Exhibition of Mark Rothko's Black Paintings
at the National Gallery of Art
A poem can’t raise the dead, and it can’t
stop a rising river flooding the marsh;
It cannot brook toleration of cant,
cannot sweeten a suite that’s harsh.
A poem can’t wet a wilting flower,
it can’t end even the mildest drought.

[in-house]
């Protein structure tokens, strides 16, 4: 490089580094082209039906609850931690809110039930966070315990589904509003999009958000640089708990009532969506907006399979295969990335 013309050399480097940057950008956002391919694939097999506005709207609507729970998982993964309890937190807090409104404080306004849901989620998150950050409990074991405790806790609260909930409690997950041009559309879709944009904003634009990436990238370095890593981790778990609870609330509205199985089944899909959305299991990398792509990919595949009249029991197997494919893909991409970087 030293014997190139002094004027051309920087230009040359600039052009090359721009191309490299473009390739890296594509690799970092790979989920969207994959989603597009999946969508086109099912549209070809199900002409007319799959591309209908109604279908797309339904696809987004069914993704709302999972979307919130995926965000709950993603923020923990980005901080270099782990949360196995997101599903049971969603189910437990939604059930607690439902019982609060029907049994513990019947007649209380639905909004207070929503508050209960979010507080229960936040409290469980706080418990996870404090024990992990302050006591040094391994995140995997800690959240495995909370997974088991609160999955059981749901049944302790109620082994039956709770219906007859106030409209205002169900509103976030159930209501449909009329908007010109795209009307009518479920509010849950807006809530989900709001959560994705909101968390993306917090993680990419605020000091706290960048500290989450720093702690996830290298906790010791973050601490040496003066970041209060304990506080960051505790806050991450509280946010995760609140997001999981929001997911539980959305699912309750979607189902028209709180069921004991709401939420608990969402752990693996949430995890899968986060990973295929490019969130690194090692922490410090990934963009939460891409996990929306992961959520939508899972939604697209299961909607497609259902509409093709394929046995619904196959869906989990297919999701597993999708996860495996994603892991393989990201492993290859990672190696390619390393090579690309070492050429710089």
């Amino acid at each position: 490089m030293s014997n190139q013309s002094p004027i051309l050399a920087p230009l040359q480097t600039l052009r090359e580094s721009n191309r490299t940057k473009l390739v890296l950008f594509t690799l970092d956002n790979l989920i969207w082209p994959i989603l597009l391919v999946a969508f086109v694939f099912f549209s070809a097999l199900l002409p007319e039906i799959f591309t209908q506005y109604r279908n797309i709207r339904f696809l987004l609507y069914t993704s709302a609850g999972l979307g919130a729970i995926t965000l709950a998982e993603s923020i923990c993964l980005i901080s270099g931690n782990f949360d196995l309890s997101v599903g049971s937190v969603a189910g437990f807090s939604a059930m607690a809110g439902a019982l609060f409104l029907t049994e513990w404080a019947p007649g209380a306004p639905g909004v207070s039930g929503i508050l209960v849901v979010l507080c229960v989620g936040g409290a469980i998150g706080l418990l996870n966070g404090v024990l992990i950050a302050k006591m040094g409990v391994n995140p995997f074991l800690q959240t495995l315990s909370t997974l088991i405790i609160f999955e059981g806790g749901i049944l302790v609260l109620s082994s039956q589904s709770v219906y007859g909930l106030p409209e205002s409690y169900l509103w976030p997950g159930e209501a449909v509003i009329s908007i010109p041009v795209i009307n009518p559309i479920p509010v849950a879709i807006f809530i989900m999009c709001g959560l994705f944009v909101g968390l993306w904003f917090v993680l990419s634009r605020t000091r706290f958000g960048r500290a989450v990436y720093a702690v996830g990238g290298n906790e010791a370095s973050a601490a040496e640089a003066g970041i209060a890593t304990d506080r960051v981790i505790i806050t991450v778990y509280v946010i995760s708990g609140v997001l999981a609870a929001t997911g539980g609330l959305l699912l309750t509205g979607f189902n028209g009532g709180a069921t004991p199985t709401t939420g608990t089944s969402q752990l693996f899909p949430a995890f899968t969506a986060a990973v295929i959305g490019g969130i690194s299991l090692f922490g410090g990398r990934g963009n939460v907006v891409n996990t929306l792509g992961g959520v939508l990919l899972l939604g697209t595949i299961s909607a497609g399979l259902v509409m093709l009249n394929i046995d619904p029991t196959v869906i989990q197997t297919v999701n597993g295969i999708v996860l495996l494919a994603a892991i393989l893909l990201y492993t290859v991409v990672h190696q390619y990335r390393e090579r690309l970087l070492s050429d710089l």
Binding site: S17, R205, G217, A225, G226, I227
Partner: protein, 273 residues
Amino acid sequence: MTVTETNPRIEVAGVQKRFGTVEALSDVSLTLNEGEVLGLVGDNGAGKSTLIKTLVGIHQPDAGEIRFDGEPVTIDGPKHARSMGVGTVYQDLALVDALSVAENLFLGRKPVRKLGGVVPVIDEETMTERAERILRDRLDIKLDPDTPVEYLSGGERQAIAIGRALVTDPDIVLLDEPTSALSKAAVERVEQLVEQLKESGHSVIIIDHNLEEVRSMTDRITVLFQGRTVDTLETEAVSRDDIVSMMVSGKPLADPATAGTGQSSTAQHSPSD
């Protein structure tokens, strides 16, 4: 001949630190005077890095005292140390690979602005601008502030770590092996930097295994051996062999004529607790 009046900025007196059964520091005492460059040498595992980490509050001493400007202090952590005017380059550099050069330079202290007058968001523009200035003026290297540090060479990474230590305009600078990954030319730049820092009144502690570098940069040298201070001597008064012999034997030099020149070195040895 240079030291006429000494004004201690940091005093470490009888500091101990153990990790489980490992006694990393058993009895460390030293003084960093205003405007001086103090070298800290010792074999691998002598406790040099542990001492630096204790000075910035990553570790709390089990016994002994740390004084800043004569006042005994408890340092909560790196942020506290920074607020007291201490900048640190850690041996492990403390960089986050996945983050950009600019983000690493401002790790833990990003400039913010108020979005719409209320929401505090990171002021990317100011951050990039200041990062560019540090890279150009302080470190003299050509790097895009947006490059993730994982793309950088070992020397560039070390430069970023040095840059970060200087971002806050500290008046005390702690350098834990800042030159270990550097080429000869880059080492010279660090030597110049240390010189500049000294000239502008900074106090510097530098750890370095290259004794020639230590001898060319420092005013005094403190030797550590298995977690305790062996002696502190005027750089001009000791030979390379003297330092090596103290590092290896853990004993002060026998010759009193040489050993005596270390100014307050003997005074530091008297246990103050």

It can’t right a slightly tilting tower,
nor relieve a gourmandizer’s gout.
What a poem can sometimes do is inspire,
or sometimes, more humorously, amuse.
A poem can express love, grief, or ire,
but it cannot drink or replace a fuse.
As has been true since at least the Fall,
it can do some things well, others not at all.